Your Mortgage : Mortgage Brokers Pressured to Disclose Fees

Despite a 31-year-old state law, many mortgage brokers are still reluctant to provide home buyers with a detailed breakdown of their loan fees and commissions. The problem has gotten the attention of California Real Estate Commissioner Clark Wallace, who is making a concerted effort to make sure mortgage brokers understand a law that he said is “crystal clear.”

In 1991, two-thirds of all home buyers in California used mortgage brokers, who take loan application to third-party lenders such as banks and thrifts that actually provide the financing. According to the California real estate code, a mortgage broker is a legal agent of the borrower and is obligated to provide a detailed accounting of the fees and commissions that are charged.

These costs are often part of the “points,” which are paid by the borrower when the loan closes. One point represents 1% of the total loan amount, or $1,000 on a $100,000 home loan. On a typical mortgage, borrowers pay loan fees of about two points. Of that, the broker usually receives one to 1.5 points for originating the loan. If there are no points, the broker gets paid by the lender and it is charged off to the borrower through a higher interest rate.

But it doesn’t matter how the broker gets paid; both the amount and sources of the broker’s compensation must be disclosed, according to the California Department of Real Estate (DRE).


Despite these requirements, “the majority of mortgage brokers don’t make the complete disclosures,” said mortgage expert Guy Puccio who is an adviser to Real Estate Commissioner Wallace. Puccio said disclosure is important to consumers so “they are able to make an informed decision about what their real borrowing costs are and who has the best loan.”

The lack of compliance with the law is confirmed by a variety of real estate experts who give differing accounts of why some in the industry are ignoring their legal obligation.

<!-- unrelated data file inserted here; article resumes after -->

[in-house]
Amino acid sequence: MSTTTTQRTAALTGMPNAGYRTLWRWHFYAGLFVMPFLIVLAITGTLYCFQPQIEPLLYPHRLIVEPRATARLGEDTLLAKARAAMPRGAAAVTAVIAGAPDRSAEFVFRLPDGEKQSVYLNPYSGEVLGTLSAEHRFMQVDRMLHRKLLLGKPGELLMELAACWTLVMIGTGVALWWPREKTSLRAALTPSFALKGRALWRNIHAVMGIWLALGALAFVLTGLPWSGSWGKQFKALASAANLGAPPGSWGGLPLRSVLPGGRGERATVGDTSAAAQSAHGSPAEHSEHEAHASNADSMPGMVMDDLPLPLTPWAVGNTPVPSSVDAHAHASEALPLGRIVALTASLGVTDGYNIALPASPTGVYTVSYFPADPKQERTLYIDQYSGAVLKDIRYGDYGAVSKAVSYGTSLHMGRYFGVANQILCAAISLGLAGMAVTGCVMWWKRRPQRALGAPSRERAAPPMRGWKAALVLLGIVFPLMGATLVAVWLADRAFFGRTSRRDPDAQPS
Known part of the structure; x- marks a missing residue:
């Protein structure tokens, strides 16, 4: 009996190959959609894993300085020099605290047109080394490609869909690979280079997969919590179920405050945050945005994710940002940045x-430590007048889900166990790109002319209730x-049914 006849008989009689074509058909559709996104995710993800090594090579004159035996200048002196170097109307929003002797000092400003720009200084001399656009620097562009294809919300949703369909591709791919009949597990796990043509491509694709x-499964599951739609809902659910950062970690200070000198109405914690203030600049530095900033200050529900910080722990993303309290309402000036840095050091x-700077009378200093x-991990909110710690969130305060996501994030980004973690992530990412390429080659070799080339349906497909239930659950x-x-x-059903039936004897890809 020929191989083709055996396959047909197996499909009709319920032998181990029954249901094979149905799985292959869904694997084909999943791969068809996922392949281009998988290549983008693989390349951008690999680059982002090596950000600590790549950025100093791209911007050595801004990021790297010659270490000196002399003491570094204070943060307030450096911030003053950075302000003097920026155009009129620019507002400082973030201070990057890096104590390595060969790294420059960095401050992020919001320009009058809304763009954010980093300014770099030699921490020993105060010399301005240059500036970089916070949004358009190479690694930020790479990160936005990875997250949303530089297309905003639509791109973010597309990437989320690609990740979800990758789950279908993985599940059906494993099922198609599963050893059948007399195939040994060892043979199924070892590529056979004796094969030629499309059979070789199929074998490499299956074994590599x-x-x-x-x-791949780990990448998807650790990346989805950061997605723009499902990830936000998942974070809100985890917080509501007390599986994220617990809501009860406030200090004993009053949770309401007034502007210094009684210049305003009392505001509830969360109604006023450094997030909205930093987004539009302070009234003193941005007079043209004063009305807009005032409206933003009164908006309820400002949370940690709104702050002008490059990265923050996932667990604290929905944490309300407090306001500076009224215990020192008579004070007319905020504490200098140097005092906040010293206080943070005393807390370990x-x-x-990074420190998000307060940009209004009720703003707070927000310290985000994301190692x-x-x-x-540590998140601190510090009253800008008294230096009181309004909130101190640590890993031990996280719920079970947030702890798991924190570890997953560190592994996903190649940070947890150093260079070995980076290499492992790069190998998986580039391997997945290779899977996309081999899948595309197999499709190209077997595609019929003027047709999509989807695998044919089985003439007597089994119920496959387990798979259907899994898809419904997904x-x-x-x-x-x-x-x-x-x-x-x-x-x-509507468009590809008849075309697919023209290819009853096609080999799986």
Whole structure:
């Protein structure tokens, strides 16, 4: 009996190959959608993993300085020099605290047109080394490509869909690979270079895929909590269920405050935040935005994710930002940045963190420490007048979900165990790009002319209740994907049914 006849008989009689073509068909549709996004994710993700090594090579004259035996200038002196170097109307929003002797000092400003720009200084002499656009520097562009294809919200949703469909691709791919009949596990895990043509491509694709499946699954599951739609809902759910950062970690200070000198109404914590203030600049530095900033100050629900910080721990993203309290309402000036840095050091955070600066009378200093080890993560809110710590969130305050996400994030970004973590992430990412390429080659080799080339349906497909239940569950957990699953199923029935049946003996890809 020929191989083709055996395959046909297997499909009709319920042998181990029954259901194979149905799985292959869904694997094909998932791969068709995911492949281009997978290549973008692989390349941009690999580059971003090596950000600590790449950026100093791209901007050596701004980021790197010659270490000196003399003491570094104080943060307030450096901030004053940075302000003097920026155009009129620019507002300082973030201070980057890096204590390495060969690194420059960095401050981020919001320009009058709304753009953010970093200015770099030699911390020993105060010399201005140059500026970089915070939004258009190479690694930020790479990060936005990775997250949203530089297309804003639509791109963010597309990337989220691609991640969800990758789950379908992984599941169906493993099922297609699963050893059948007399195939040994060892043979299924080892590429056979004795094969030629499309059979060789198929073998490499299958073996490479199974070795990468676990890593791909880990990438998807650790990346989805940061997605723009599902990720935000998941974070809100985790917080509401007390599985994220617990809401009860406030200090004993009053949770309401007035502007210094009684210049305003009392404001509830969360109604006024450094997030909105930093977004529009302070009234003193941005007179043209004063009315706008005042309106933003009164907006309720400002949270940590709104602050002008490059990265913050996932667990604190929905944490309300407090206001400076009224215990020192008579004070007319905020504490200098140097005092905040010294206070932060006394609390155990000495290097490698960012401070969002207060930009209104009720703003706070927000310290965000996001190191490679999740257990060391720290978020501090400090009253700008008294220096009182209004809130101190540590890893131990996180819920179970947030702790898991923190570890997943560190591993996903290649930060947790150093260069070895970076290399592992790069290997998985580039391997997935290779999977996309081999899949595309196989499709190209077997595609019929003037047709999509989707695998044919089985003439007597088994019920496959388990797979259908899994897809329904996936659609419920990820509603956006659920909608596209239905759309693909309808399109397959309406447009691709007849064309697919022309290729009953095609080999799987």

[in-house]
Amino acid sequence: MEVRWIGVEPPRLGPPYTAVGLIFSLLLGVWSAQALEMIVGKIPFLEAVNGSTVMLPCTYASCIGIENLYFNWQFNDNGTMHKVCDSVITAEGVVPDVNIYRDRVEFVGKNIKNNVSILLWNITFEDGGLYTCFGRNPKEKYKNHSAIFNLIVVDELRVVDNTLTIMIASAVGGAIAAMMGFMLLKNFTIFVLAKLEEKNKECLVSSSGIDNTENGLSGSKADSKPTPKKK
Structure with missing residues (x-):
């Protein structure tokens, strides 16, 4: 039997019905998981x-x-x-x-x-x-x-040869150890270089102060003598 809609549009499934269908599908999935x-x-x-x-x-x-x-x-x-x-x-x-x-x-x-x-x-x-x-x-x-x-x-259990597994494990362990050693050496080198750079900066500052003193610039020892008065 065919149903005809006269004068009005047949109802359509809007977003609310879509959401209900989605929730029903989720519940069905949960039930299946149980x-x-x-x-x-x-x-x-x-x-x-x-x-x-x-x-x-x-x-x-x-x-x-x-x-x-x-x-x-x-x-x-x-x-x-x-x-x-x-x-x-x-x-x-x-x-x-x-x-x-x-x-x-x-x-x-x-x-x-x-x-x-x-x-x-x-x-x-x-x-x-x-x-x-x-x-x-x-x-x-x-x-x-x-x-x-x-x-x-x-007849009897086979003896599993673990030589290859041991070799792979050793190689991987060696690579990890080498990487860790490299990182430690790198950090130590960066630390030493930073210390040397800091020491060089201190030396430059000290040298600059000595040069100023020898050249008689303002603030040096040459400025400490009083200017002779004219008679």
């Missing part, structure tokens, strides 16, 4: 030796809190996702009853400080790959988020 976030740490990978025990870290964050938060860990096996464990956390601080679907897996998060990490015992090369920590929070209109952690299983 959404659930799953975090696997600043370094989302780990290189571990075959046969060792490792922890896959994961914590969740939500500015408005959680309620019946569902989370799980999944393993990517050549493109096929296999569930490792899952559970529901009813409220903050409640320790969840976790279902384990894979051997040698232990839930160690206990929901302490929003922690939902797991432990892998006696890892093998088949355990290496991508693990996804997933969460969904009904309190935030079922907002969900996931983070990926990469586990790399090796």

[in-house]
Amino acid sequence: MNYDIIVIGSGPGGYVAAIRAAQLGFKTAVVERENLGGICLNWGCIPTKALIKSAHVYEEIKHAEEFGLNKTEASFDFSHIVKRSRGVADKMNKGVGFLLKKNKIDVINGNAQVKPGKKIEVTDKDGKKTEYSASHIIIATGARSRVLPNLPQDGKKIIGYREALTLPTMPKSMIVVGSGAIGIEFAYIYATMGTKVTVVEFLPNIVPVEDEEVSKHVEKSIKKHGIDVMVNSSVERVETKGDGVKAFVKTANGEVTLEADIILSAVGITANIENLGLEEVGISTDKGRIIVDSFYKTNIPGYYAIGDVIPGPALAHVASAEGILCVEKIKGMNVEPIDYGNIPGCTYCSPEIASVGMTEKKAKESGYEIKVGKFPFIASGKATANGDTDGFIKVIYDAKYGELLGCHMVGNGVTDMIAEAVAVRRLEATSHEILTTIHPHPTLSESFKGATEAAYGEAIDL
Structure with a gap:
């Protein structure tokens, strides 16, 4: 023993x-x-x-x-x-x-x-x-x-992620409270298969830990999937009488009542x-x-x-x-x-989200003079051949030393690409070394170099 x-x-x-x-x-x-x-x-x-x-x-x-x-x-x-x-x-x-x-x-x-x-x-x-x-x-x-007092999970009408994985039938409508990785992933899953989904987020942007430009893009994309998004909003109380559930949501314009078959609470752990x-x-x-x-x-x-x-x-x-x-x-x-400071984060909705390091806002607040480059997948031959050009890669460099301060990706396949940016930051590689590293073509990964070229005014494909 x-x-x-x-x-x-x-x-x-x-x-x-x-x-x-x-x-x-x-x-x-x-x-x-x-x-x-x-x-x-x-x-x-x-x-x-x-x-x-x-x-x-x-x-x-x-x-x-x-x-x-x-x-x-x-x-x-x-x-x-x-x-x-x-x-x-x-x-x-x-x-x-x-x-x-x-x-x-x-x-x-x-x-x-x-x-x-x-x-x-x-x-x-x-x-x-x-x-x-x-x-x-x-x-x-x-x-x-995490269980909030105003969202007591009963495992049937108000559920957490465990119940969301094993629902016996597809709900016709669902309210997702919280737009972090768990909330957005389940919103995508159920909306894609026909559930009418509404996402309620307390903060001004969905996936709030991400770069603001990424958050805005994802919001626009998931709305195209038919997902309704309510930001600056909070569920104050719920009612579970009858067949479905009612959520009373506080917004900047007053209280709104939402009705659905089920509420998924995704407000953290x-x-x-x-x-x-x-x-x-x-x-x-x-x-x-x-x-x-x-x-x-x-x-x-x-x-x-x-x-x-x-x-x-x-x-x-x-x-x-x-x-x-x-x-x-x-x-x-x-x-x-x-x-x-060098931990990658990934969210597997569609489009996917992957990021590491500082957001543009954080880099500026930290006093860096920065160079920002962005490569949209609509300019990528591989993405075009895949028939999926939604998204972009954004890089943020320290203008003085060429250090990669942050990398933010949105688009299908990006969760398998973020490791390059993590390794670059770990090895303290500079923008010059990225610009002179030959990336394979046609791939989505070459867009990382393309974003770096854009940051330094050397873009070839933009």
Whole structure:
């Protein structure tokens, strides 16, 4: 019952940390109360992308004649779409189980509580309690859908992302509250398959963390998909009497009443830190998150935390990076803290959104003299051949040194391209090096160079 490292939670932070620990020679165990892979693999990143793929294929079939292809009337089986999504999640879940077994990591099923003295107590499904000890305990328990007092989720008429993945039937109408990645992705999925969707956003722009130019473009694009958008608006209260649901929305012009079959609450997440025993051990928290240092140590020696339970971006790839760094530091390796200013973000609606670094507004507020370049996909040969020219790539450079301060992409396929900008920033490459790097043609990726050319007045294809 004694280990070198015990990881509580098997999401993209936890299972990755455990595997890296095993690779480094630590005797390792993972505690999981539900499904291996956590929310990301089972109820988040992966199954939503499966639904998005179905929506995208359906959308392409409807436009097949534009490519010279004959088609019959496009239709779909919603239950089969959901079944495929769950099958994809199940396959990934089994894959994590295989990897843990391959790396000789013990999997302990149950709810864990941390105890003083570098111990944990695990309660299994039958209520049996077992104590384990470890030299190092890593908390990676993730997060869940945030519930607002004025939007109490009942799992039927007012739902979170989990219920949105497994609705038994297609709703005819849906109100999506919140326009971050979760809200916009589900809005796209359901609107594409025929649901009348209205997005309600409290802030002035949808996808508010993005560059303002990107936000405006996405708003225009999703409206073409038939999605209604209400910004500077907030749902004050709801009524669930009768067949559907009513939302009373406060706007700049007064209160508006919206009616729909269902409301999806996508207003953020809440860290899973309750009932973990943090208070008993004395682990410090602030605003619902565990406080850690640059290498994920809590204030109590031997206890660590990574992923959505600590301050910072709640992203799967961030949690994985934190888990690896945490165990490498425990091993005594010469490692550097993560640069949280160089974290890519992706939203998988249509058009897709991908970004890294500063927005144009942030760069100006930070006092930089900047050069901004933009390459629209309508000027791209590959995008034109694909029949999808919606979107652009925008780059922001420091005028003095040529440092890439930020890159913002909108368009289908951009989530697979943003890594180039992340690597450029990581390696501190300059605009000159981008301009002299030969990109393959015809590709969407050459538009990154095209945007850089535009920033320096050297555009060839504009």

“We have to do a better job of training (some of our members),” said Pamela Strickland, a member of the board of directors of the California Assn. of Mortgage Brokers in Sacramento. There has been an explosion in the number of mortgage brokers, and Strickland concedes that some aren’t familiar with the law. In the last two years, the number of home loans closed with a mortgage broker has increased dramatically--from less than 50% of all sales in 1990 to 68% in 1991. It is expected to be even higher this year.

Strickland also pointed to “confusion” among mortgage brokers about which fees must be disclosed.


Most brokers understand that fees paid by borrowers must be disclosed, but they neglect to disclose fees paid by the lender. In many cases, lenders such as banks and thrifts pay the mortgage broker for bringing in the loan. Brokers are also paid bonuses by lenders for reaching a certain volume of loans.

Regardless of who pays the fees, the law requires “all compensation to be disclosed,” according to John Liberator, chief deputy in the DRE.

However, he concedes that “it’s not always clear exactly when the information must be disclosed.” Ideally, it should be made available when the broker provides an estimation of loan costs, which is required after the borrower makes a loan application. But in some cases, the fees and commissions haven’t been determined when the application is made.

The final opportunity for disclosing the fees is when the loan is funded at closing. But Puccio argues that at that point, “it is too late for borrowers to use the information to their benefit in any negotiation.” By law, all loan commissions paid to the broker are negotiable.


The DRE is working to correct the problem through an educational program that has put Commissioner Wallace on a speaking tour with mortgage broker trade groups around the state. The regulatory agency is also expected to amend its 7-year-old mortgage disclosure form, which will “do a better job of specifying what must be disclosed,” said Wallace.

But Liberator added, “brokers shouldn’t wait for the new form to disclose everything to borrowers--that’s been their obligation for a long time.”

Average Rates for Residential Mortgages

Average rates for residential mortgages as of May 29, 1992.


Survey Conventional Mortgages Adjustable Mortgages Area 15 Year 30 Year Composite 1 Year Composite National 8.33% 8.73% 8.54% 5.87% 6.24% California 8.45 8.82 8.64 5.94 5.93 Connecticut 8.31 8.74 8.55 5.78 6.07 Wash. D.C. 8.25 8.61 8.44 5.51 6.03 Florida 8.33 8.71 8.54 6.03 6.22 Mass. 8.30 8.74 8.53 5.82 6.26 New Jersey 8.28 8.69 8.49 5.78 6.42 N.Y. Metro 8.35 8.77 8.57 5.89 6.40 New York 8.44 8.84 8.65 6.00 6.48 N.Y. Co-ops 8.62 8.92 8.82 6.43 7.09 Pa. 8.19 8.58 8.39 5.77 6.04 Texas 8.32 8.70 8.51 6.03 6.22

SOURCE: HSH Associates, Butler, N.J.